In response to that and dozens of other accidents in recent years, the Occupational Safety and Health Administration and the U.S. Chemical Safety Board have issued harsh proclamations. "Bluntly speaking, your workers are dying on the job and it has to stop," said Jordan Barab, OSHA deputy assistant secretary, to a 2010 conference of refinery and mining representatives. Barab later noted, "(OSHA) inspectors have found many facilities where safety programs that look good on paper don't follow through in practice." Subsequent inspections at 50 refineries produced an average of 17 worker-safety violations totaling nearly $2 million per facility.

OSHA and the Chemical Safety Board have urged companies to more closely adhere to 'Process Safety Management' regulations, which outline how to deal with toxic materials and potential spills, fires and releases. Both groups have also advocated wider use of automated systems that monitor operations.

But for all its tough talk, OSHA has spotty oversight and little regulatory pull with refineries. In 2010, OSHA secretary David Michaels called his agency's enforcement power "weak." Maximum fines for first-time safety violations are $7,000 -- pocket change for large oil companies. (Fines for repeat violations max out at $70,000, but are rarely issued.) OSHA's 2,000 inspectors are charged with the impossible task of monitoring 8 million jobsites across the country, with no system in place to track violations by companies that operate refineries in multiple states.

The hazards workers face are shared by the public. A 2011 study by the Center for Public Integrity, for example, found that 20 percent of Americans live near enough to a refinery to be sickened or killed in the event of a release of hydrofluoric acid, a highly toxic substance used in oil refining. So as OSHA pushes for greater workplace safety, what protocols are being put in place to safeguard communities? In the case of Richmond, not many, says Greg Karras, senior scientist with the watchdog group Communities for a Better Environment. He points to the refinery's air-monitoring system, which was designed to measure average ambient conditions rather than sudden pollutant spikes emitted from events like fires: "You can't find what you can't measure for."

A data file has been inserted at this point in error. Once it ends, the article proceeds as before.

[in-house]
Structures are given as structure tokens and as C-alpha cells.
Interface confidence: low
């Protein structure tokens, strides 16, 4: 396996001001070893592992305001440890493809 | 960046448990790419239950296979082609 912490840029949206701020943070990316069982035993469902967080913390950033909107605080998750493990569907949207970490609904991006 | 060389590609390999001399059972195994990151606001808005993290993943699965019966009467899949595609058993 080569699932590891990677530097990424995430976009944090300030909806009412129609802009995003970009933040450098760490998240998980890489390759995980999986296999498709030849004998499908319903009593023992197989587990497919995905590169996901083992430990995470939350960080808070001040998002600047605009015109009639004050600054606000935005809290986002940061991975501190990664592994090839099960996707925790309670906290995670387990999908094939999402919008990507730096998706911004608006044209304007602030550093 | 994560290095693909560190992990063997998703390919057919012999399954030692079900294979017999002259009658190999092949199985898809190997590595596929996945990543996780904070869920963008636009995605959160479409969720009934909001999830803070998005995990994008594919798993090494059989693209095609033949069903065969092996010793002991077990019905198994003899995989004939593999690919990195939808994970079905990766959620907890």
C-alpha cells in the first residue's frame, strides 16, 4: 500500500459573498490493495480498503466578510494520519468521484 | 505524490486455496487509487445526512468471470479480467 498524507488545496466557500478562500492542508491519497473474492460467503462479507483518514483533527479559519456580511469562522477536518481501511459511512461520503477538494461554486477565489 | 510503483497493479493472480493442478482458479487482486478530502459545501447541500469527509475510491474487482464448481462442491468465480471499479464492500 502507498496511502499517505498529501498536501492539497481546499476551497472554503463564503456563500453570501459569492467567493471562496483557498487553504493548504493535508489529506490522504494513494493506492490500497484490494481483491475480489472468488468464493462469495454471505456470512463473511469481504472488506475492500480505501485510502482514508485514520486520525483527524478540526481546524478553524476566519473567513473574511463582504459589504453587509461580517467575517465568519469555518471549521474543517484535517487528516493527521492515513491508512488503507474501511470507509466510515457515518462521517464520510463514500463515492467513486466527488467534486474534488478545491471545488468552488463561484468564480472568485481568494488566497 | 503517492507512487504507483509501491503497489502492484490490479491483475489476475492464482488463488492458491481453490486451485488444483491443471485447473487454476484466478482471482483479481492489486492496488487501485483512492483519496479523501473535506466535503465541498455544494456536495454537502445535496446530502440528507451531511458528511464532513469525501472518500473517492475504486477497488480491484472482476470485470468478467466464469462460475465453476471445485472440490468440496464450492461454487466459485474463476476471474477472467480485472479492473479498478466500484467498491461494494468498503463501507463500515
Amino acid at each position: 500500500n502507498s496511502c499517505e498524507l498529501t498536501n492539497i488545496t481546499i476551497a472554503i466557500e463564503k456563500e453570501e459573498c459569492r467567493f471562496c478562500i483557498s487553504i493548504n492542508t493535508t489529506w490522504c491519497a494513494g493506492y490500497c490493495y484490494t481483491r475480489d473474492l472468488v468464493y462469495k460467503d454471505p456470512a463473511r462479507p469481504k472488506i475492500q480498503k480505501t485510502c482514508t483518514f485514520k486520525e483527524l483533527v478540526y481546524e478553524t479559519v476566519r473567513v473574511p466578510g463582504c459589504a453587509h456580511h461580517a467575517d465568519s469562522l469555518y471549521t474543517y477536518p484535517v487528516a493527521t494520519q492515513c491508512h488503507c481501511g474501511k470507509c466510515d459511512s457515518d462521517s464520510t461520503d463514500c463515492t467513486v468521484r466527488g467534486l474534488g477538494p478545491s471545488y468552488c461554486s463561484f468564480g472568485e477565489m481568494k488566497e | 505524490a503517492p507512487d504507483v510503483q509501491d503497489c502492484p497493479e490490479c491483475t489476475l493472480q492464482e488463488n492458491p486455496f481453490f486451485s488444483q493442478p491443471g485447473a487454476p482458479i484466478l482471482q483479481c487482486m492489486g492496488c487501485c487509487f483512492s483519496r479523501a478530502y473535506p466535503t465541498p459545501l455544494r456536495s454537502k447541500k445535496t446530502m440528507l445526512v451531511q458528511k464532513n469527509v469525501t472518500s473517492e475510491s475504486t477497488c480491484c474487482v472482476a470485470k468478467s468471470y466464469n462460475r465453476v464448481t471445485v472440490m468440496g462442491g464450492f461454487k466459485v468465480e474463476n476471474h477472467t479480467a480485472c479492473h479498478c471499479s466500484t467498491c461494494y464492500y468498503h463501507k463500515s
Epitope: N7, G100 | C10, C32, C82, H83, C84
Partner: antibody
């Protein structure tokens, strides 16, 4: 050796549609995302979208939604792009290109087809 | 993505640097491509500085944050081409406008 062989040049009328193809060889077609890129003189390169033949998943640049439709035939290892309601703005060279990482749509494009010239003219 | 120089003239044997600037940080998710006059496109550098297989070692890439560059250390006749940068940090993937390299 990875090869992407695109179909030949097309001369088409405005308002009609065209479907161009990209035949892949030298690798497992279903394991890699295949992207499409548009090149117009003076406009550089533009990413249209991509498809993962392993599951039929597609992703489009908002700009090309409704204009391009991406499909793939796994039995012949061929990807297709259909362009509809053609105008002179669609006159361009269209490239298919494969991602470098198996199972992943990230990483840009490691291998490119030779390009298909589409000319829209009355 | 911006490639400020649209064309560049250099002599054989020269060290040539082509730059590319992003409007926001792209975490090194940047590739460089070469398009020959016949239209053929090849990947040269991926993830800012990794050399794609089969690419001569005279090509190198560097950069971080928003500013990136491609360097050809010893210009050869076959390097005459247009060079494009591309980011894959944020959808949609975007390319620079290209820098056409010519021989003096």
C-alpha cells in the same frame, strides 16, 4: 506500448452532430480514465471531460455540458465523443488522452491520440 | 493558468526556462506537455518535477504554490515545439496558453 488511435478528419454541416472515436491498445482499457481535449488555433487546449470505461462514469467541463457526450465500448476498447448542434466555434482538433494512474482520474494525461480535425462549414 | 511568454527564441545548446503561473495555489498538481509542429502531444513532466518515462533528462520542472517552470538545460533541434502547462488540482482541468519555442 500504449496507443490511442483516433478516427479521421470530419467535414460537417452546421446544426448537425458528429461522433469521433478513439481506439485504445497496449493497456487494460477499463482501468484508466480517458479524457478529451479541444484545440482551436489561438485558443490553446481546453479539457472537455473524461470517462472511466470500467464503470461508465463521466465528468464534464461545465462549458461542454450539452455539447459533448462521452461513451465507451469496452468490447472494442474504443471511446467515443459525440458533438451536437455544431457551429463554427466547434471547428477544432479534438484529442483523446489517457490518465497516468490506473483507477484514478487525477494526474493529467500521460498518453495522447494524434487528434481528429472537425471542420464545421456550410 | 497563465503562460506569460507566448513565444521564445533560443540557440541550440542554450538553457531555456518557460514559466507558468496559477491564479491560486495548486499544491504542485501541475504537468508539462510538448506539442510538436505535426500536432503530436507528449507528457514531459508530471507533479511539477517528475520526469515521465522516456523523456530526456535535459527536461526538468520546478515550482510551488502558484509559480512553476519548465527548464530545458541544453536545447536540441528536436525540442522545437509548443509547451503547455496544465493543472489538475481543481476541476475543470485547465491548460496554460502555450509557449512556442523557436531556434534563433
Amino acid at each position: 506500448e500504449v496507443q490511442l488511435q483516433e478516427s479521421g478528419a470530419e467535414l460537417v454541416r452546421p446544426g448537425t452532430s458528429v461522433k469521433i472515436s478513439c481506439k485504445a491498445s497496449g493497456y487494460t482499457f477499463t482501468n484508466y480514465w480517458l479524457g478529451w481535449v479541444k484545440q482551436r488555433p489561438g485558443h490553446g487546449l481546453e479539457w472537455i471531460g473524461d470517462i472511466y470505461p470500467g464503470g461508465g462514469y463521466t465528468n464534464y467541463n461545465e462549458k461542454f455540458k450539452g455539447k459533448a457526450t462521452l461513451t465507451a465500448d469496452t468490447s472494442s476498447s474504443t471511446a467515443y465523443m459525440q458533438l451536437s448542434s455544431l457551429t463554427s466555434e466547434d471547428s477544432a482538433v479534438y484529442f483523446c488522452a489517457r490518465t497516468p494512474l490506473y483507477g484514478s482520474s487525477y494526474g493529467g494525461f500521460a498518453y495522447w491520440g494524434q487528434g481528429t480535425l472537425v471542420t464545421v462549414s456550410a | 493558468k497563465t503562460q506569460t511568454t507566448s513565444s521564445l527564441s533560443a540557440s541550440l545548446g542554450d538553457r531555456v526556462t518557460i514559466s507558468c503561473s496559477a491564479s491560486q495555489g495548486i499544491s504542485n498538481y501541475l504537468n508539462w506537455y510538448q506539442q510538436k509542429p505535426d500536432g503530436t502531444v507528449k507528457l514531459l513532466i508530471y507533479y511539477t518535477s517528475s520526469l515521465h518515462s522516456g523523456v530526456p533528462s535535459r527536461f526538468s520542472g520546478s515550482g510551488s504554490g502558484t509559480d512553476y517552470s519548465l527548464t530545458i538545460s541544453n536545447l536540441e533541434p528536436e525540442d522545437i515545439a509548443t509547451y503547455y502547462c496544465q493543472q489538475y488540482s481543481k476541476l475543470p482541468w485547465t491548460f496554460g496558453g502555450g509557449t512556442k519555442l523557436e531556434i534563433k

Meanwhile, every day is a possible emergency for the hundreds of thousands of Westerners living near refineries. Even under 'normal' operating conditions, the list of hazardous emissions pouring from refinery stacks -- not to mention 'fugitive' emissions from leaking pipes -- is long. In addition to the usual suspects, sulfur dioxide, hydrogen sulfide and large particulates, all of which contribute to asthma and heart disease, there are heavy metals and carcinogens such as benzene, toluene and hydrocyanic acid.

Though "shelter in place" may be an effective -- if politically fraught -- short-term response to accidental releases of dangerous chemicals, simply living near a refinery may prove unexpectedly hazardous over the long term. A 2008 study by researchers at the University of California, Berkeley, for example, found elevated levels of vanadium, nickel and heavy particulates derived from oil refining in Richmond's air near the Chevron refinery. But the team found an even wider array of these chemicals inside homes beside the plant. Richmond resident Malik Seneferu, who spoke at the Chevron town hall meeting, articulated the worst fears of those living in the shadow of the oil industry: "Someone earlier said if Chevron leaves, we all die. ... But if Chevron stays, we all die, too."